Energy-Efficient Driving Techniques That’ll Help the Planet
Here’s an inconvenient truth: As we recently wrote, driving isn’t exactly good for the planet. In fact, passenger cars are the highest source of transportation-related greenhouse gas emissions—and biking, walking, or commuting via public transportation are all greener options than getting behind the wheel.
But for the times when hopping in the car is necessary (see: heading out of town to visit your folks, epic IKEA hauls, or times when the subway just isn’t playing nice), there are tips and tricks you can adopt for maximum eco-friendliness. With these energy-efficient driving techniques in mind, you won’t just zip around more smoothly and safely—you’ll be doing the whole world a favor.
Slow and Steady
Accelerate gently and go easy on the brakes to conserve fuel.
Sorry, speed demons: The first rule of energy-efficient driving is keeping your revs in check. Tempting as it is to zoom down the left lane, if you’re thinking of the planet, you’ll want to consistently stick to the speed limit as much as possible (without holding up fellow drivers, of course).
When you do have to speed up, accelerate gently; likewise, when you’re approaching a red light or stop sign, go easy on the brakes—and be mindful that every time you brake, you waste energy. Your rule of thumb: Anticipation is the key to fuel economy, and keeping your focus on what’s going on ahead of you will keep your driving in control (and, by extension, keep Mother Nature happy).
Manage Your Settings
We’re all for cruising with the windows down, but cranking up the A/C can actually save you fuel on the highway.
Beyond your speed, you also have control over a number of settings and modes within your vehicle that’ll help keep your driving fuel-efficient.
For starters: If your car’s a manual, driving in a higher gear is almost always more efficient. If you find yourself in an automatic car, avoid sport mode. While it improves acceleration, it also keeps your car in lower gears longer and revs the engine higher, so it’ll noticeably increase your fuel consumption.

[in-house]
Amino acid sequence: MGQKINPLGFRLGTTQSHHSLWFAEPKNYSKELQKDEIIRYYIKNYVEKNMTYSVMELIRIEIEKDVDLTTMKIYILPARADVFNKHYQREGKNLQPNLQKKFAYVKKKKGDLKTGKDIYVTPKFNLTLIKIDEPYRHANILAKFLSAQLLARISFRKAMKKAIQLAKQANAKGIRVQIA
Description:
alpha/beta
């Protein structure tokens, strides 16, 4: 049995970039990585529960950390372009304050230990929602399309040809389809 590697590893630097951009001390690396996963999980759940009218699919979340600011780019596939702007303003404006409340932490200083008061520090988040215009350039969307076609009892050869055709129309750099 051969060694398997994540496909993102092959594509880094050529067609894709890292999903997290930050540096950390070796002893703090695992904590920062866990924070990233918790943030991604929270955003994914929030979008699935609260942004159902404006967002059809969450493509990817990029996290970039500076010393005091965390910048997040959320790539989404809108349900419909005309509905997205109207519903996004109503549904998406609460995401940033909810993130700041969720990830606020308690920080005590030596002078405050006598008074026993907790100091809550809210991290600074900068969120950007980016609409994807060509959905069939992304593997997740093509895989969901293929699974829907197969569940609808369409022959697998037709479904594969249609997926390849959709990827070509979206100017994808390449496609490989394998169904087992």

Then there’s the rather surprising fact about air conditioning. It’s true that if you’re driving at lower speeds, rolling down the windows will help you save on fuel. But if you’re hitting the highway on a sultry summer’s day, opt for the A/C. Any fuel you’d save by not using it is actually offset by the extra aerodynamic drag from your open windows.
One more tip: If you’ve found yourself sitting in a traffic jam, that’s a) your excuse to bust out some excellent road trip entertainment, and b) the right time to turn off your engine for a spell.
Don’t drive in the dark—holding off on headlights won’t actually save much energy, and it’s dangerous.
Safe driving and green driving usually work in tandem—and you should be wary of any supposedly eco-friendly driving techniques that put your well-being at risk.
For instance: Have you heard the old chestnut about your headlights wasting fuel? In fact, the fuel savings you’ll get from driving without headlights, or delaying to turn them on, are miniscule—and certainly don’t merit the risk of driving in the dark.
Likewise, while some drivers choose to closely follow large trucks and use them as windbreaks to save fuel, that’s also a very dangerous technique. The truck driver can’t see that you’re there, and you can’t see the road ahead. That’s what we call a no-win scenario.
A couple other don’ts: Don’t be a hyper-miler and turn off the engine when going downhill. You could inadvertently lock the steering wheel or lose power assistance to the brakes and steering, or even damage your transmission. And don’t put the car in neutral to coast down hills, thinking that’ll save fuel. Coasting actually keeps the engine running, and the fuel flowing.
Choose Your Ride Carefully
Electric and hybrid cars are the best options to reduce your carbon footprint.
Beyond these tips and techniques, the car you choose also has a profound impact on your carbon footprint.
When possible, hybrid or electric cars are always a good bet (good news: we’ve got both in our fleet); conversely, diesel has recently shown to be worse for the environment than regular ol’ gas, so is best avoided.
And we’d be remiss not to big up the benefits of car sharing and carpooling. Fact is, driving is best when done communally, sparingly, and with the planet in mind.